Tip 4: Bridge remaining gaps with enrollment coaching

Enrolling in college is a pivotal decision for any student. They want to enroll because they see this as the gateway to their future. The enrollment period is a time for students to review career options, explore different degree paths, learn more about available types of financial aid, and determine if any eligibility requirements need to be met, such as placement tests or prerequisite classes. Whether it’s a traditional, first-gen or adult student, selecting the college that best fits their needs can be a life-changing decision. Having an InsideTrack enrollment coach serve as a trusted ally gives the student a way to ask questions and address their concerns right from the start.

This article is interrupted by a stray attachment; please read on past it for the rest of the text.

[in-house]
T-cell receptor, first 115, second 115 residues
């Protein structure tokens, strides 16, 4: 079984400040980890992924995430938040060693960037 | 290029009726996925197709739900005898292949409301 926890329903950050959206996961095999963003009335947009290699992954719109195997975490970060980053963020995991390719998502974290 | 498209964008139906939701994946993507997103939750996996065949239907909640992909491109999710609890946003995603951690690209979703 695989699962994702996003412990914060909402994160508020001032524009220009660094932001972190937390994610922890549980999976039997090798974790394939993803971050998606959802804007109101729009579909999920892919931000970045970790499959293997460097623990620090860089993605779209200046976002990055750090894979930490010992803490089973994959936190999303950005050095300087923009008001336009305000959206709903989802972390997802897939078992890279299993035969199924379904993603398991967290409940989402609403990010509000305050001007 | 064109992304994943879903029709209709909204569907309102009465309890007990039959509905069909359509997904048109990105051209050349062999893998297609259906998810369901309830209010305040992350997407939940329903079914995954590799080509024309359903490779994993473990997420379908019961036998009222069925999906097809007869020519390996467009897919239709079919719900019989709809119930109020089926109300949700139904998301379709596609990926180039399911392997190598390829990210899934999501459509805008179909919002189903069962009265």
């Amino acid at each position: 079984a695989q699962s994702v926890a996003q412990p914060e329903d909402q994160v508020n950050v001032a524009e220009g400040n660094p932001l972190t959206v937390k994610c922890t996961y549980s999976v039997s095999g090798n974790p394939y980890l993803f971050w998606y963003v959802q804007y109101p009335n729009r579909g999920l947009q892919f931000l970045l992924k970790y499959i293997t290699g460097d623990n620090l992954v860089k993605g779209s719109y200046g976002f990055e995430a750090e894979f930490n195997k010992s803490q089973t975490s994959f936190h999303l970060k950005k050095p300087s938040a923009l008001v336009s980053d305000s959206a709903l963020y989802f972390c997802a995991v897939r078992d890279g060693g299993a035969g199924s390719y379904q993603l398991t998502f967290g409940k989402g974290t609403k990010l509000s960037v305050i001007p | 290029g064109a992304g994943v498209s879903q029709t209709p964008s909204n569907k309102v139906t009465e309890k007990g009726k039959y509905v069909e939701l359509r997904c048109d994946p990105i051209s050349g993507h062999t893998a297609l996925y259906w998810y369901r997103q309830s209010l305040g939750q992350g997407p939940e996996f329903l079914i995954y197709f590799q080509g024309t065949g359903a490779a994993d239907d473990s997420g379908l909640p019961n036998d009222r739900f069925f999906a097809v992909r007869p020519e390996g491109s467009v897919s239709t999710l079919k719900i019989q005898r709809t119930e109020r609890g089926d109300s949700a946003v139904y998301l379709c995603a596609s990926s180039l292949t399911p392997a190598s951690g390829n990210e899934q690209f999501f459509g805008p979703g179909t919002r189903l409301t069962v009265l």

Research shows that students who receive coaching are more likely to enroll, select the program that best fits their needs, remain in school and ultimately graduate. At this stage in the student journey, coaching helps keep students engaged and connected with their institution. Building relationships with students during this formative period gives them a sense of belonging and helps them develop the habits and abilities that are critical to college success. From knowing the basics like how to maximize institutional resources to developing the mindset to persist through challenges, InsideTrack coaches help prepare students to show up to school ready to thrive, setting the stage to continue on the path to completion. And it can help decrease the chance of summer melt.

Getting a student to commit to your college or university is an important step. But it’s only the first step. Learn how having InsideTrack coaches work with prospective students at Golden Gate University to define long-term goals, evaluate program options and make informed enrollment decisions paid off. The result was a 28% enrollment increase — and that was just part of the story. Read the case study.